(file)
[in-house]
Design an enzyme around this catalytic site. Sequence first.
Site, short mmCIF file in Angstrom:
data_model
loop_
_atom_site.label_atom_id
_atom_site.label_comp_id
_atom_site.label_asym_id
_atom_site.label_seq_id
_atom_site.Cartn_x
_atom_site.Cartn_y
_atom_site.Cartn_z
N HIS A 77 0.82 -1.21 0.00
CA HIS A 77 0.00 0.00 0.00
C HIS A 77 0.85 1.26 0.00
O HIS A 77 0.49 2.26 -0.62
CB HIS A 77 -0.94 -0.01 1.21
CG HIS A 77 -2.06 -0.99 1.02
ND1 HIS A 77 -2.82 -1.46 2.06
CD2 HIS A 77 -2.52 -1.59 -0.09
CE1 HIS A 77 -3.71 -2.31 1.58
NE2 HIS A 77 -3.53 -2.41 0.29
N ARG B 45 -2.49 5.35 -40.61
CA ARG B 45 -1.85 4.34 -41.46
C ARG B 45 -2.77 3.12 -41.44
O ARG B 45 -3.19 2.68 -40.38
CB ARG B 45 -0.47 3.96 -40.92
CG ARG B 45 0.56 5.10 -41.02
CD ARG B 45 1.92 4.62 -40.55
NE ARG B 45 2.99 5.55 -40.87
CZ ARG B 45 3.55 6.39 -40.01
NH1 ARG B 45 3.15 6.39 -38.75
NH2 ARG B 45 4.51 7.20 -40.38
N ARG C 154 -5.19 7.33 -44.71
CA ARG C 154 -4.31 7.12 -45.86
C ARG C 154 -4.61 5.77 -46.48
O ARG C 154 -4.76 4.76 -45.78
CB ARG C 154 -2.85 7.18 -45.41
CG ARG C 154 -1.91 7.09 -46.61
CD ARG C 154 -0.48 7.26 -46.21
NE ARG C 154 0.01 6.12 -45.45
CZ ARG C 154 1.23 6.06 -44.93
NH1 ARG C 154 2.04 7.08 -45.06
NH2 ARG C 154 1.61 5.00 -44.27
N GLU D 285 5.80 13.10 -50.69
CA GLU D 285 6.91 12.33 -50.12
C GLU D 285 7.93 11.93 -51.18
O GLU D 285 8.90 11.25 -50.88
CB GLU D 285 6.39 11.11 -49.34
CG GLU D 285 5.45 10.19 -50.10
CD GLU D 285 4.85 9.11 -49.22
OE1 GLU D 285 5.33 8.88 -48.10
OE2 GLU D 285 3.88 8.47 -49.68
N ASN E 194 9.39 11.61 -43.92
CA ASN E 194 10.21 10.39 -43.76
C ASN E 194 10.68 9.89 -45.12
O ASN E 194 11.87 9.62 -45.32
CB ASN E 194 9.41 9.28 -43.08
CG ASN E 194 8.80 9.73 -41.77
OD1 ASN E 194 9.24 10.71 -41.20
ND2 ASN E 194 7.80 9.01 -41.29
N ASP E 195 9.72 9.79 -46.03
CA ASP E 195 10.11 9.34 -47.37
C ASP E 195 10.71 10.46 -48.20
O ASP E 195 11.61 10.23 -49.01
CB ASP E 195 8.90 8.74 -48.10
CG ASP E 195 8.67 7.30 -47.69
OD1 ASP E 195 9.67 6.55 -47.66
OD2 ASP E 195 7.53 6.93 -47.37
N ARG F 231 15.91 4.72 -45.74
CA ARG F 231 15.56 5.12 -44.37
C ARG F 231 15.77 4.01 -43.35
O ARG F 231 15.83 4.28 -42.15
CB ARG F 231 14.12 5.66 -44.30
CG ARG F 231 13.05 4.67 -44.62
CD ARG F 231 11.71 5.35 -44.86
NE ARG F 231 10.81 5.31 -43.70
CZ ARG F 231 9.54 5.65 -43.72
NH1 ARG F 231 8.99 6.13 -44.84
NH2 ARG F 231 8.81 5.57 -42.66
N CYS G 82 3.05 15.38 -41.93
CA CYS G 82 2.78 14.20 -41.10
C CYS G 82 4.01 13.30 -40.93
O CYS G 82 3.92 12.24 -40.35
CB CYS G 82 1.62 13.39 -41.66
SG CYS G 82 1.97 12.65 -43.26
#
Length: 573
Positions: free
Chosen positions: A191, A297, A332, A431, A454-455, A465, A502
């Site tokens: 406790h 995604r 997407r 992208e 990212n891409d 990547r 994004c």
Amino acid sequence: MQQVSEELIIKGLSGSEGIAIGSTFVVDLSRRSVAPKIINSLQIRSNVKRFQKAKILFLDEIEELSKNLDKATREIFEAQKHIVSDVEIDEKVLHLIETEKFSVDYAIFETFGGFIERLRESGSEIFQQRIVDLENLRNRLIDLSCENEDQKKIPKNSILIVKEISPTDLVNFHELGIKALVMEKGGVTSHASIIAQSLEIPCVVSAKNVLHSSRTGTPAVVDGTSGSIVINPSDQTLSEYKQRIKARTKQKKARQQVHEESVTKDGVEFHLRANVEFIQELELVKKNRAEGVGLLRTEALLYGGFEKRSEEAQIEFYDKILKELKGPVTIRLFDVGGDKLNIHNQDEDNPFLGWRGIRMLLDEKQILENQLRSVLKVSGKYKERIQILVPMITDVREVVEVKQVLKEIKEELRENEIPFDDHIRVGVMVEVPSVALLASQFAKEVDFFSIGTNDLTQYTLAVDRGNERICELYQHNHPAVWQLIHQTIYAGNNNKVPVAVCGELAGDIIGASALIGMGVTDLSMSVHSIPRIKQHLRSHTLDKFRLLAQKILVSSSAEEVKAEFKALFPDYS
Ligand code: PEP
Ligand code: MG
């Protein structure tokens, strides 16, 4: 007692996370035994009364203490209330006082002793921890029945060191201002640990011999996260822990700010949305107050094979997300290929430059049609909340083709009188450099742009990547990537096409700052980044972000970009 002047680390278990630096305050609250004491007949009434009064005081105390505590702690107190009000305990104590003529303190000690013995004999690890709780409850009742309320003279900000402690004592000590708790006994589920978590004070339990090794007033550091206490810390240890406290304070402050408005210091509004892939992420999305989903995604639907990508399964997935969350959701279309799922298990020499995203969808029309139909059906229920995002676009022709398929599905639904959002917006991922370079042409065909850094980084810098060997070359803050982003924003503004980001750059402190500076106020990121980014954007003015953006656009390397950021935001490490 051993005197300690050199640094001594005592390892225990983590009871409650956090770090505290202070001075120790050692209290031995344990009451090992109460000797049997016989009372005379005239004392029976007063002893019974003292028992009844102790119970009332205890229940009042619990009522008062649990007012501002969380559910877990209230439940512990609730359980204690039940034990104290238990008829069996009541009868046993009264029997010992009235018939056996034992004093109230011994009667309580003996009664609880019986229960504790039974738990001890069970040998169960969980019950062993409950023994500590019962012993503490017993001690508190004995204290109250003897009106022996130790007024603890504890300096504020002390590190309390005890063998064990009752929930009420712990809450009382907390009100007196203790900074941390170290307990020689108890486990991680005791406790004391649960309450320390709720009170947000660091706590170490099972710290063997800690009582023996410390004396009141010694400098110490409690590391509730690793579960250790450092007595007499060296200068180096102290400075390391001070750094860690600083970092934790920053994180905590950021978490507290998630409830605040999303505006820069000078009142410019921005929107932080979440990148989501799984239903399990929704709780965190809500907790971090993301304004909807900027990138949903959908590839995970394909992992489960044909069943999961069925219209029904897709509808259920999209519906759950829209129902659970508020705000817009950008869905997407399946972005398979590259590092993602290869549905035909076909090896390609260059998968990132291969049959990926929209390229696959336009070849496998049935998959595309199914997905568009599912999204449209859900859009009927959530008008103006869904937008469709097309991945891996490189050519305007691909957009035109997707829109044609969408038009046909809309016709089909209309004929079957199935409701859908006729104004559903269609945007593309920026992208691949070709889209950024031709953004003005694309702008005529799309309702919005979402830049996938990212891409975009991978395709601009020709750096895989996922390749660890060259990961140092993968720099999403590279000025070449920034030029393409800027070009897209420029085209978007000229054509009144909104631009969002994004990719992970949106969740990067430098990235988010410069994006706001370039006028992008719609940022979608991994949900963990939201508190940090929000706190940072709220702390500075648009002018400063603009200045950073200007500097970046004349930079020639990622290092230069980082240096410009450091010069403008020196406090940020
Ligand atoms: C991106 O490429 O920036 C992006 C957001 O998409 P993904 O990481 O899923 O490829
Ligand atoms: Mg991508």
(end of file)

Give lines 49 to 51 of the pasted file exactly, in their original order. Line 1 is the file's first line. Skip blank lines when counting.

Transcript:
CB GLU D 285 6.39 11.11 -49.34
CG GLU D 285 5.45 10.19 -50.10
CD GLU D 285 4.85 9.11 -49.22